Si­tak gets in­sight into top-level sin­gles

Nelson Mail - - SPORT - TEN­NIS

New Zealand dou­bles spe­cial­ist Artem Si­tak has lost in the first round at the ASB Clas­sic, go­ing down to French­man Jeremy Chardy 6-4 6-2.

The first set was tight, with Chardy try­ing to tar­get Si­tak’s back­hand, not re­al­is­ing it was one of his great strengths.

But Si­tak was bro­ken at 3-3 in the open­ing set and later at 3-5 had to save two set points, one of them com­ing with a sec­ond serve ace. How­ever, two games later the set was Chardy’s.

The start of sec­ond set was tight again. How­ever, the more ex­pe­ri­enced sin­gles player, Chardy was able to play just a bit bet­ter and got two breaks later in the set.

‘‘I had a lot of fun there,’’ Si­tak said af­ter­wards. ‘‘It was re­ally cool to play against a player of his high cal­i­bre. I don’t think I’ve ever played a sin­gles match against a guy who plays that fast and big.

‘‘It was fun to see that and I could see why he was top 30. He’s now 70 in the world, but he can eas­ily get back up there.’’

It was some­thing of a sur­prise that Si­tak got to play in the main draw of the Clas­sic, but he played an out­stand­ing match to beat Finn Tear­ney 6-2 6-0 in the fi­nal of the NZ Champs be­fore Christ­mas and he cer­tainly didn’t dis­grace him­self against Chardy.

‘‘I had no ex­pec­ta­tions at all,’’ he said. ‘‘I just wanted to play well, have fun and hope­fully en­gage and please the crowd. I think I didn’t play as well as I could have, but he didn’t give me a chance to play well. He was hit­ting re­ally fast and tak­ing every ball on the rise and all I did out there was run side to side.

‘‘I couldn’t do any­thing to pres­sure him, ex­cept for my serve. I think I served well in the first set.’’

Si­tak’s chances of win­ning a match at the Clas­sic will be stronger on Wed­nes­day when he and Ni­cholas Mon­roe from USA take on Kiwi Michael Venus and Robert Lind­st­edt from Swe­den in the last match of the evening ses­sion. Si­tak and Mon­roe reached the semi­fi­nal of the ATP event in Chen­nai last week.

Ear­lier, Mar­cos Bagh­datis has won his first match in Auckland, 11 years af­ter his first at­tempt to do so.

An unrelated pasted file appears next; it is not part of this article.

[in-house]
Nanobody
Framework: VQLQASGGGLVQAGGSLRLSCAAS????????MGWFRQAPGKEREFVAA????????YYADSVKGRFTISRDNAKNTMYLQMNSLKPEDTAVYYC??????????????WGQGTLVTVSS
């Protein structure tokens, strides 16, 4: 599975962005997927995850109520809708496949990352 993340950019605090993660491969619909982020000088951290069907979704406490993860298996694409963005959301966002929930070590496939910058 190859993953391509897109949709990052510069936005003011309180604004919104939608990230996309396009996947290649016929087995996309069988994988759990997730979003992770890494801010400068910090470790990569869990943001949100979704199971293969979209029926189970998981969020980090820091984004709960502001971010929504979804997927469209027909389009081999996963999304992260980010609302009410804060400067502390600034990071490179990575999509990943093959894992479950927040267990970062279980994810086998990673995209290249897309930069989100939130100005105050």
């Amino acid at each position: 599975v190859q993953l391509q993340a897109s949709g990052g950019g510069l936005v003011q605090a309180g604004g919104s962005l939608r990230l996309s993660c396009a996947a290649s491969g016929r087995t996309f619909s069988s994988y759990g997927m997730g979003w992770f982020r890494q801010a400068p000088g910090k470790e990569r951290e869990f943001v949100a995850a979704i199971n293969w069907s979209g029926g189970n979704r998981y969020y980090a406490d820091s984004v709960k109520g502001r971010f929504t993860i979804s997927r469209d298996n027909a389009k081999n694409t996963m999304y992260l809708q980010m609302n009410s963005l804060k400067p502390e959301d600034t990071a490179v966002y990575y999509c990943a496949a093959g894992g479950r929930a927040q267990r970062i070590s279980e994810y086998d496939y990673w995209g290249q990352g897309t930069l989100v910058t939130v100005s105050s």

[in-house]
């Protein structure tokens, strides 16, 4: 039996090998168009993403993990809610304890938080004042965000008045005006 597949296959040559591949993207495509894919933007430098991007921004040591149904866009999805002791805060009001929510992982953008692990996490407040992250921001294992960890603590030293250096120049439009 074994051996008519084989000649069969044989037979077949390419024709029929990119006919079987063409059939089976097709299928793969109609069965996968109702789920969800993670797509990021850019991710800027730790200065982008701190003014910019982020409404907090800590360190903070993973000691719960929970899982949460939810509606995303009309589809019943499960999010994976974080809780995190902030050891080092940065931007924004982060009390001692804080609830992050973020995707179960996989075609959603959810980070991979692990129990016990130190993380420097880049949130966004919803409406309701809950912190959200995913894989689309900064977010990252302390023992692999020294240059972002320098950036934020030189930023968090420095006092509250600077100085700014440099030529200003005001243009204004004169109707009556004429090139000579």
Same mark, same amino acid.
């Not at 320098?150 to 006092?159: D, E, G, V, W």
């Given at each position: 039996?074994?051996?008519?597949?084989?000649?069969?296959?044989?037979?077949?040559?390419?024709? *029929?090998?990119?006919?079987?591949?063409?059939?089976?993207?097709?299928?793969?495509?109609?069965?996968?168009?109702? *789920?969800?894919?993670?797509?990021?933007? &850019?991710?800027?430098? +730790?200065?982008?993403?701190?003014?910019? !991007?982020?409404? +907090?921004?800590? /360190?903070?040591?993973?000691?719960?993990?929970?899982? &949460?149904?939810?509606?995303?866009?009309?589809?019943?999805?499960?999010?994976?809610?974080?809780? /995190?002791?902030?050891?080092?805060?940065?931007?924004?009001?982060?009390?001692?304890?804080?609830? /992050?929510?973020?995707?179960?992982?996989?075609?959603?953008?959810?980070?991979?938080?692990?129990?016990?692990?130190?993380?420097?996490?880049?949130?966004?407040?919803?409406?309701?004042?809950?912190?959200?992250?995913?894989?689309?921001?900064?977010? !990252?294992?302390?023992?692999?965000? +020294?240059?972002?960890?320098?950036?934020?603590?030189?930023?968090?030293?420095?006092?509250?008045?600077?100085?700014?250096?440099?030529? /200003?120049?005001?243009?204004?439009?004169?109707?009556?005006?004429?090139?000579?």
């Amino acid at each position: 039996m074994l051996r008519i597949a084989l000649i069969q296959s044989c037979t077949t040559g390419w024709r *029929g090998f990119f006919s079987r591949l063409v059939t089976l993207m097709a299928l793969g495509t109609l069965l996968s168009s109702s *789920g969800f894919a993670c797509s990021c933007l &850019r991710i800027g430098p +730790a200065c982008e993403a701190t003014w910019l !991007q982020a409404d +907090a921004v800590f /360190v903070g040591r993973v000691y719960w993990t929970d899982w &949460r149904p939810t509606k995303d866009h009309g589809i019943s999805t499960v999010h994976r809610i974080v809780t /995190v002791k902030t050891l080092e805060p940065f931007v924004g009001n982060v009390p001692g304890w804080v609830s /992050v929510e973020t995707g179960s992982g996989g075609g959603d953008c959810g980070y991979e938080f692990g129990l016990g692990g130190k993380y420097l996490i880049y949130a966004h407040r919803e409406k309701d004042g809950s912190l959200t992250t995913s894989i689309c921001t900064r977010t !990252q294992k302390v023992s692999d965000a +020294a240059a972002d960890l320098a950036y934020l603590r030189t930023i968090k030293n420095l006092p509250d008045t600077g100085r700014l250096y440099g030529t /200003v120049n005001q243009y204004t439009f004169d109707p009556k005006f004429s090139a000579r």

The Cypriot, who got to the fi­nal of the Aus­tralian Open in 2006, lit up Cen­tre Court on Tues­day night, beat­ing Adrian Man­nar­ino from France 6-4 6-4.

It was by far the best match over the week and a half of ten­nis in Auckland and Bagh­datis has in­stantly be­come a crowd favourite. He came to Auckland in 2006 and lost in the first round on court two, then in 2014 he was back and lost first up on the Grand­stand court.

Fifth-seed Al­bert RamosVi­no­las was dumped out in the first round by Por­tu­gal’s Joao Sousa, 6-1, 7-5. Three Aus­tralian ten­nis play­ers have been found guilty of cor­rup­tion by the sport’s in­ter­na­tional in­tegrity watch­dog, only days af­ter an­other promis­ing ju­nior was charged with match fix­ing.

A Ten­nis In­tegrity Unit in­ves­ti­ga­tion also re­vealed that the only con­firmed crim­i­nal case of match fix­ing in Aus­tralia was sig­nif­i­cantly wider than was first thought, rais­ing fur­ther ques­tions about the con­duct of the na­tion’s young ten­nis play­ers.

The TIU con­firmed in a state­ment that Nick Lin­dahl, Bran­don Walkin and Isaac Frost were all found to have com­mit­ted cor­rup­tion of­fences in re­la­tion to a match at a tour­na­ment in Toowoomba in 2013.

Lin­dahl, 28, was banned for seven years and fined US$35,000 (NZ$50,000) for his role in the fix, which oc­curred at a Fu­tures tour­na­ment in Toowoomba in Septem­ber, 2013.

Walkin, 22, was hit with a six­month sus­pen­sion, sus­pended for six months, and Frost, 28, with a year sus­pen­sion, which he has al­ready served.

Lin­dahl and an­other former player, Matthew Fox, are the only peo­ple to have faced crim­i­nal charges in con­nec­tion with the fixed match. Both were con­victed. A coach and an­other player, Adam Feeney, were also linked to the case, but they were never charged.

The in­volve­ment of Walkin and Frost, nei­ther of whom had been highly-ranked but who reg­u­larly played in tour­na­ments in Aus­tralia and in­ter­na­tion­ally, in­di­cates that at least five play­ers were aware of Lin­dahl’s match fix­ing.

It was re­vealed last week that Oliver An­der­son, the reign­ing Aus­tralian Open boys cham­pion, had been charged by Vic­to­ria Po­lice with match fix­ing of­fences in re­la­tion to a tour­na­ment in Trar­al­gon last Oc­to­ber.

It is un­der­stood An­der­son was ap­proached to drop the open­ing set of his first-round match at the tour­na­ment.

PHOTO: GETTY IMAGES

Artem Si­tak of New Zealand plays a shot against Jeremy Chardy of France at the ASB Clas­sic last night.

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